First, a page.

Controlling total emissions under uncertainty
We compare a tax with thresholds (‘prices’), and tradable permits (‘quantities’), as mechanisms to control total ‘emissions’ (or other inputs or outputs) from heterogeneous parties with uncertainties in emissions, costs and benefits. The advantage of prices over quantities is much smaller than in Weitzman’s (1974) non-tradable model. Steeper marginal benefits no longer necessarily prefer quantities; and under tradable permits, marginal cost uncertainty is an inherent benefit. For global greenhouse gas abatement by 18 regions in 2020, a tax dominates, but by much less than suggested by single-party models, especially when targets are indexed to activity levels. Provided handouts of thresholds and permits are limited, including tax interactions moderately raises the advantages of a tax, and of indexation.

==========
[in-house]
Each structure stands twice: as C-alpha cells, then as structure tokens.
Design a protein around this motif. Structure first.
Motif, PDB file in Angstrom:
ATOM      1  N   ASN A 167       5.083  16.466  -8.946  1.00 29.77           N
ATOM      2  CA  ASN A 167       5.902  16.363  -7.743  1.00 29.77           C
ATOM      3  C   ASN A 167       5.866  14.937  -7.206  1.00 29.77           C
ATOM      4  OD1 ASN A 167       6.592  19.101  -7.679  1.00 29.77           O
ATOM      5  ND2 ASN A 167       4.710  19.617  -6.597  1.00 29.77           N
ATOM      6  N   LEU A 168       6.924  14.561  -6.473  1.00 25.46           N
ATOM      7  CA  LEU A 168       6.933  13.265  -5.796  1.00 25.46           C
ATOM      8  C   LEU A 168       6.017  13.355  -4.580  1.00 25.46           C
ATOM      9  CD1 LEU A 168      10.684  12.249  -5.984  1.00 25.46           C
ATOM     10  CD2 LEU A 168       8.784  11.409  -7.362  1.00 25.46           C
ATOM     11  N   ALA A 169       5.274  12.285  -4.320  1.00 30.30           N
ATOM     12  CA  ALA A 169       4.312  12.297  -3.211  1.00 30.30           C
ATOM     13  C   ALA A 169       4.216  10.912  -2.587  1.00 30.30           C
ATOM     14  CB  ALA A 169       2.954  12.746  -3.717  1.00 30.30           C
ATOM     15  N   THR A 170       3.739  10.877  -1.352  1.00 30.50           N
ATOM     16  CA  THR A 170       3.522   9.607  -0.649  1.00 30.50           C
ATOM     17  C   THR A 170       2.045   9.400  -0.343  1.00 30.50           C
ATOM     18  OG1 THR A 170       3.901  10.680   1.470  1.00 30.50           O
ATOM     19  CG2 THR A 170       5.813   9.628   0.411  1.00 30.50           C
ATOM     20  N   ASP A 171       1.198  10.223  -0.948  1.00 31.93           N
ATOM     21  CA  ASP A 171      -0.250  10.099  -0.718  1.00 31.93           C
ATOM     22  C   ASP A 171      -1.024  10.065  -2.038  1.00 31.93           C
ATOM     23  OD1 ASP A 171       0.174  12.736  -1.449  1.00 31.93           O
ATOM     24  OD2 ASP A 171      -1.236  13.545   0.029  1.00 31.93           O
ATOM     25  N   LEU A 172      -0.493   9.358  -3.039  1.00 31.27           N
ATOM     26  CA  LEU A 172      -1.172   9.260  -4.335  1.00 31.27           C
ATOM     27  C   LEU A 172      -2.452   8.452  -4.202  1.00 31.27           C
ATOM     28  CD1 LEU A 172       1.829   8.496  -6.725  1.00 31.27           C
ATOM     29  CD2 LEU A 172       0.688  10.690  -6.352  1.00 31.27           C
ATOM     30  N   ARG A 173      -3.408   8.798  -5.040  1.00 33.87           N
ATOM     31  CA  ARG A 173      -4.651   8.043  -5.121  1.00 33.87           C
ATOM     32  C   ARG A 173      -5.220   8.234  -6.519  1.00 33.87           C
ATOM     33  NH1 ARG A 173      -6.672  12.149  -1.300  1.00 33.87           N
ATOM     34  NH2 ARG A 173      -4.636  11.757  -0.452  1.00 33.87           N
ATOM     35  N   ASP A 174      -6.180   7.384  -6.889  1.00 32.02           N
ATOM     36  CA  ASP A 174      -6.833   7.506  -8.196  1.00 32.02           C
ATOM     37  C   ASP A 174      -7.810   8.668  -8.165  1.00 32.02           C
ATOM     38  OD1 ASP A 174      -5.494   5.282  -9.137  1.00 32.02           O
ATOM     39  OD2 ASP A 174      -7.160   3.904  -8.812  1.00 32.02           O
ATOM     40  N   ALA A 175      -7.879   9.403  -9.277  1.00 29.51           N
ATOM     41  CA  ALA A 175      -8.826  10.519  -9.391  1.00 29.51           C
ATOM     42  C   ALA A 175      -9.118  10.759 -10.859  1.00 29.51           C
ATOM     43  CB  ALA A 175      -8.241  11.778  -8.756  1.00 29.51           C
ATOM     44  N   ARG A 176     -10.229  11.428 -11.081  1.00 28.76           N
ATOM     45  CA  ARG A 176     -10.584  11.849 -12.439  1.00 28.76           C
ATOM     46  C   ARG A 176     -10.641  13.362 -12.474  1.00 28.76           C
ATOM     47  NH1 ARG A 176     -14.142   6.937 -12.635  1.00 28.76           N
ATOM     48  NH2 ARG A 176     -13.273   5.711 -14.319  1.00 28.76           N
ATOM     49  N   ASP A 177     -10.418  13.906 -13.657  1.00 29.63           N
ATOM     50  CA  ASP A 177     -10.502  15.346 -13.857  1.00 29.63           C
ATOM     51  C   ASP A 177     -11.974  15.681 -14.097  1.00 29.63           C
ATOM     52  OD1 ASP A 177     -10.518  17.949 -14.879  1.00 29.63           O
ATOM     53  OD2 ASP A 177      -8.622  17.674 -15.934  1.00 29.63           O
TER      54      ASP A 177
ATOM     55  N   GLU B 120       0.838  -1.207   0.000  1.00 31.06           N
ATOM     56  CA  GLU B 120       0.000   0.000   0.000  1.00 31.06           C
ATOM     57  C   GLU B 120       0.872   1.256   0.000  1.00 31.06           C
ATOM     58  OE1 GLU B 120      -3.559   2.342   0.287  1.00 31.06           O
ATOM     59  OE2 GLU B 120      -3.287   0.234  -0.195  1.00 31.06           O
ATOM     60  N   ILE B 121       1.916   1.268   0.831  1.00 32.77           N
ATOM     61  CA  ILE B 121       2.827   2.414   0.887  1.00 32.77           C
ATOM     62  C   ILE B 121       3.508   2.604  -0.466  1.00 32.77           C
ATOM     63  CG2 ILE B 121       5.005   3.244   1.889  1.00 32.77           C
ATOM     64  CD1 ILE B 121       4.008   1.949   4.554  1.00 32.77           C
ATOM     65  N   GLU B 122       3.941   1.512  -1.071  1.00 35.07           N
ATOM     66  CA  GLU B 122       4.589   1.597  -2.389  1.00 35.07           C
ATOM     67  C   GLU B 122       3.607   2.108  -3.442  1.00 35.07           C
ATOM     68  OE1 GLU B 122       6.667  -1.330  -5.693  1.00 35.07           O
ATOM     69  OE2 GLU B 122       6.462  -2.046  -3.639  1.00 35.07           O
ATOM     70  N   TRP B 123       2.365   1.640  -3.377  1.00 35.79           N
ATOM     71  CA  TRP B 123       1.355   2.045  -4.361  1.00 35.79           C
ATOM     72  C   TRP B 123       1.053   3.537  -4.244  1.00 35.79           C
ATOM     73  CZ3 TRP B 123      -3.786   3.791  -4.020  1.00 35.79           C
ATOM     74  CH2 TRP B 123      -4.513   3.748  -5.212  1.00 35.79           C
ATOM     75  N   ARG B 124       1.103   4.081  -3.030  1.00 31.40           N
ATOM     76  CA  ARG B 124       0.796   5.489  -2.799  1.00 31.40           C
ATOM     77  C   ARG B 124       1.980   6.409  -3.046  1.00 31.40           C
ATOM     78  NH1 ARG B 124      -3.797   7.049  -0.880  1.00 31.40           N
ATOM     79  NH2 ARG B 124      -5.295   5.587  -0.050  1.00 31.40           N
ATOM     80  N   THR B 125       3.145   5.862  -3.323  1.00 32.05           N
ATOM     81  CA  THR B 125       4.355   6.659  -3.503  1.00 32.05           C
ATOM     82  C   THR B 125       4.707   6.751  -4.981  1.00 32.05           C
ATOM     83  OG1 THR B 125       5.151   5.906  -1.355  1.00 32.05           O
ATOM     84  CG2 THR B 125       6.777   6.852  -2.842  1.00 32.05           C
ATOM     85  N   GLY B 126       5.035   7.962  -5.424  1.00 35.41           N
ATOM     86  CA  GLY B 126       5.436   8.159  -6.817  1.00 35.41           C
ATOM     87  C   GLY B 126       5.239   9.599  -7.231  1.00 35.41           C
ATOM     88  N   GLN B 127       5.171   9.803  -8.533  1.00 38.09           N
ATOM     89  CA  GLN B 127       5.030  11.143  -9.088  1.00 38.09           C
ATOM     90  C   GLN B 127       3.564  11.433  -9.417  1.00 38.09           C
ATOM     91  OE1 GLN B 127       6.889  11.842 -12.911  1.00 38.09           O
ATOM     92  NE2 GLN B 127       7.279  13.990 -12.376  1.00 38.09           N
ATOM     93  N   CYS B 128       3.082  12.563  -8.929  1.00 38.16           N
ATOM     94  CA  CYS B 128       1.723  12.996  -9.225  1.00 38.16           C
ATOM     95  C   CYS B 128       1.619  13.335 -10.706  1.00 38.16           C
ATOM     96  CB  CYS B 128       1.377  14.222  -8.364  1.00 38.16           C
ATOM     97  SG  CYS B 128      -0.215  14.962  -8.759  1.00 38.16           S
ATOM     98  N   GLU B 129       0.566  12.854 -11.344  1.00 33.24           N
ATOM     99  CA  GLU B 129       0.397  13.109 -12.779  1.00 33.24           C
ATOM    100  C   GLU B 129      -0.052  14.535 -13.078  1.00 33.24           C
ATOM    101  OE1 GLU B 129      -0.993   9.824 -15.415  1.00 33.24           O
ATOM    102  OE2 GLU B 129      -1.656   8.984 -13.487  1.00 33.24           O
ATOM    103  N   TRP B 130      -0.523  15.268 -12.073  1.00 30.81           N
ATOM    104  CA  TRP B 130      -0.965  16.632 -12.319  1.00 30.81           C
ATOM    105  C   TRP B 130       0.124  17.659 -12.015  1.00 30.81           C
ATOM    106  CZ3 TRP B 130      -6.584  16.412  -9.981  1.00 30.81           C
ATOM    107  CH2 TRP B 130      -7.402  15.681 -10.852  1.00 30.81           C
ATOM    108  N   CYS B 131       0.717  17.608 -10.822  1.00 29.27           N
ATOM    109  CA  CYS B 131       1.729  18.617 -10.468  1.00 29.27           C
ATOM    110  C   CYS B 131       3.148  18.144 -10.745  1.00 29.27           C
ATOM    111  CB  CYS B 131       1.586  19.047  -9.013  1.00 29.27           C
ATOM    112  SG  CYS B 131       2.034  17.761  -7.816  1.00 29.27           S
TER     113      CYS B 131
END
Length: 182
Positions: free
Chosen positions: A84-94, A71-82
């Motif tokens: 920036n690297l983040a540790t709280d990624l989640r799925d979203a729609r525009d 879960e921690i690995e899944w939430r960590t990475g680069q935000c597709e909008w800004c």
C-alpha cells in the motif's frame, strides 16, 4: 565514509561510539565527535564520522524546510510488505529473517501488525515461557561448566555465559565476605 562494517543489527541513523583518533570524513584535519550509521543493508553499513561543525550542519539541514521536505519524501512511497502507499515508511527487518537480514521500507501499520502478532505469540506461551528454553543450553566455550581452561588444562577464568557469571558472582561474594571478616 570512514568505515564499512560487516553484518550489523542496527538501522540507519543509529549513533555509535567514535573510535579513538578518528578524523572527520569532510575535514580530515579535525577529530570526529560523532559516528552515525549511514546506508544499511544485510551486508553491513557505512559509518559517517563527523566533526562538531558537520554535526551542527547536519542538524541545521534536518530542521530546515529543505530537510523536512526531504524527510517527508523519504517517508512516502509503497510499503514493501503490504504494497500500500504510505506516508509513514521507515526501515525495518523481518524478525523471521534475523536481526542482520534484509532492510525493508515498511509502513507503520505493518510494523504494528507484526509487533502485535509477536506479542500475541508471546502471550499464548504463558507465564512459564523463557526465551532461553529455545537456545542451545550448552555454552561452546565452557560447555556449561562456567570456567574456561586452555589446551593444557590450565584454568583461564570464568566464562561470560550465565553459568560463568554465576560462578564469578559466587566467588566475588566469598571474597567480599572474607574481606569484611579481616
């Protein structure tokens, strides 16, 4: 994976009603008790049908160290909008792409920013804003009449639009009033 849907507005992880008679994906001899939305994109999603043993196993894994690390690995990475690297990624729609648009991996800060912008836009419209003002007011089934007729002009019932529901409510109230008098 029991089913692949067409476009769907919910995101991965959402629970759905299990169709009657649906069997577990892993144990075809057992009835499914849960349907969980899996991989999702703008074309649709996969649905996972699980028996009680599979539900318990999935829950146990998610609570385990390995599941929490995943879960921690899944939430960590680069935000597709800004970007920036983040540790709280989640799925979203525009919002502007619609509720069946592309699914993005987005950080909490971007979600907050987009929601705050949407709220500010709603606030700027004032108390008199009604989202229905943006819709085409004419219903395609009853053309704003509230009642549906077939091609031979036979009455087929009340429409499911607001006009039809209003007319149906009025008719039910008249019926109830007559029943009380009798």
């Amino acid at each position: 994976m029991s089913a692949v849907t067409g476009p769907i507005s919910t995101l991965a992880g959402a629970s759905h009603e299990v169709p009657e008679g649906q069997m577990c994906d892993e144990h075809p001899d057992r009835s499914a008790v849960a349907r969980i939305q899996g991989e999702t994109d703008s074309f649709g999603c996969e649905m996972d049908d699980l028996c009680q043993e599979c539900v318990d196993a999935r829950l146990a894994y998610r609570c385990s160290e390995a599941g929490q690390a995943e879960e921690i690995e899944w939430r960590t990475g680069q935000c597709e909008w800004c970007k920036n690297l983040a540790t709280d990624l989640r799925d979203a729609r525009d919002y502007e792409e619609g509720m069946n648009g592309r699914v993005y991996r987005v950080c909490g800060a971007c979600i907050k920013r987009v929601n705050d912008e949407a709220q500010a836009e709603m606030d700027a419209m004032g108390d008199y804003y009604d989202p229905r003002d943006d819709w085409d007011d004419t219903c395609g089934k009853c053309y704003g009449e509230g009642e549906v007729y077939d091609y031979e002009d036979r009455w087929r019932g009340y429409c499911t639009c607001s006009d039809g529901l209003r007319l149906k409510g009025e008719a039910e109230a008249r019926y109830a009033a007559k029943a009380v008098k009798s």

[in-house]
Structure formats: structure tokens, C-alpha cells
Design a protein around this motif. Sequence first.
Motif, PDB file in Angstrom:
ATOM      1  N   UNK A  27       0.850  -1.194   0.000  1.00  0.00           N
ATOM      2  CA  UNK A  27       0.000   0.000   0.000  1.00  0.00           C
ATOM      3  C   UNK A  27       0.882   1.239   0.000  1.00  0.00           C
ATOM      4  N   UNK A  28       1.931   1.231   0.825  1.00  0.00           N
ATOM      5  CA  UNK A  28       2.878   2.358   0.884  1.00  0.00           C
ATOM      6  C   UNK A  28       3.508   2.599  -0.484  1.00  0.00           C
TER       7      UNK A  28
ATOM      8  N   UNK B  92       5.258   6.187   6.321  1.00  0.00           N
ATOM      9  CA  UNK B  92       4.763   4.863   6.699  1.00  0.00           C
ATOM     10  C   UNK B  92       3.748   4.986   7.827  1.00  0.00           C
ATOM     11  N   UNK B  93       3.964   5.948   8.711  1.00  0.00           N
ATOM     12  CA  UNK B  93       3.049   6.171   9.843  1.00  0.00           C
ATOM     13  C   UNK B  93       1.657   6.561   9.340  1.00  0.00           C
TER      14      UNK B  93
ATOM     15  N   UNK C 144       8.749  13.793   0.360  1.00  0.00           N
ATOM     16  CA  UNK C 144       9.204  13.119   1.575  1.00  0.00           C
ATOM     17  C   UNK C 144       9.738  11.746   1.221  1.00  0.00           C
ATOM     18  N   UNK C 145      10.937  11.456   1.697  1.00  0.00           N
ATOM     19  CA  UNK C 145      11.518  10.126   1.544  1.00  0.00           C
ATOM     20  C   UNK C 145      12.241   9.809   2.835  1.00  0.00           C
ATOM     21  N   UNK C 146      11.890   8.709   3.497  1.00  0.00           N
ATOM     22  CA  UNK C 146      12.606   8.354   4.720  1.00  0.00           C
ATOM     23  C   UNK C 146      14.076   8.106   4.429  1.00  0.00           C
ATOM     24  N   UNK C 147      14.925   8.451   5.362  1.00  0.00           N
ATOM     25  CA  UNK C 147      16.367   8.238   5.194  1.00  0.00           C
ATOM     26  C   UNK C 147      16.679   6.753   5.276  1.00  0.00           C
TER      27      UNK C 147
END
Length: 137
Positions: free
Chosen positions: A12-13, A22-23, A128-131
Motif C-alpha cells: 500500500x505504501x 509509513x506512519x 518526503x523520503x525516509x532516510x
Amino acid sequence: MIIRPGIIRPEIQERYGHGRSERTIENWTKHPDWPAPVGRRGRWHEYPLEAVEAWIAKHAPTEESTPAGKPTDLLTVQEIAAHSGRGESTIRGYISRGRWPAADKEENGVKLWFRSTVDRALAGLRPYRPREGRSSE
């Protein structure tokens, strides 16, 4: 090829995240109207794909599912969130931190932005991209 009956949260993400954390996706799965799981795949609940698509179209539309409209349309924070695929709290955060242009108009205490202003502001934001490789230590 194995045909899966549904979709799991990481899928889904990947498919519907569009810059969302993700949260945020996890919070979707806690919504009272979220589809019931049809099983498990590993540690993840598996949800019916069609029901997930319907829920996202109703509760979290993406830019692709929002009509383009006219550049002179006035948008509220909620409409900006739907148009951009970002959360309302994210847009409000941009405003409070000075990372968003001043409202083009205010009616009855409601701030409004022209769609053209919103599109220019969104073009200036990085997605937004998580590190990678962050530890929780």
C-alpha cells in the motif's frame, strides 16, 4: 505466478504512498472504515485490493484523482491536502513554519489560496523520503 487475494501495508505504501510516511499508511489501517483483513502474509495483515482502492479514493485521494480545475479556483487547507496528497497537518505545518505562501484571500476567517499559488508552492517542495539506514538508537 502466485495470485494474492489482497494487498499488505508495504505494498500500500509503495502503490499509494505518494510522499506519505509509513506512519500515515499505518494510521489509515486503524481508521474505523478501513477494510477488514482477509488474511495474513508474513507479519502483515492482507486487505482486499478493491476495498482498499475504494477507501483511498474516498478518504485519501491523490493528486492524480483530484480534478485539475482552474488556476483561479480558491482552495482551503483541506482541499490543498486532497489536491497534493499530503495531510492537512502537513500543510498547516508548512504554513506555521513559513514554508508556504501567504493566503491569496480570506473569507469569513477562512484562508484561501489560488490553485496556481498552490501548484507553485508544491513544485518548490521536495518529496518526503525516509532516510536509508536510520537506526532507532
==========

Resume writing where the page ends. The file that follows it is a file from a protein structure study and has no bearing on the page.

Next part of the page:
|Date of creation:||Apr 2007|
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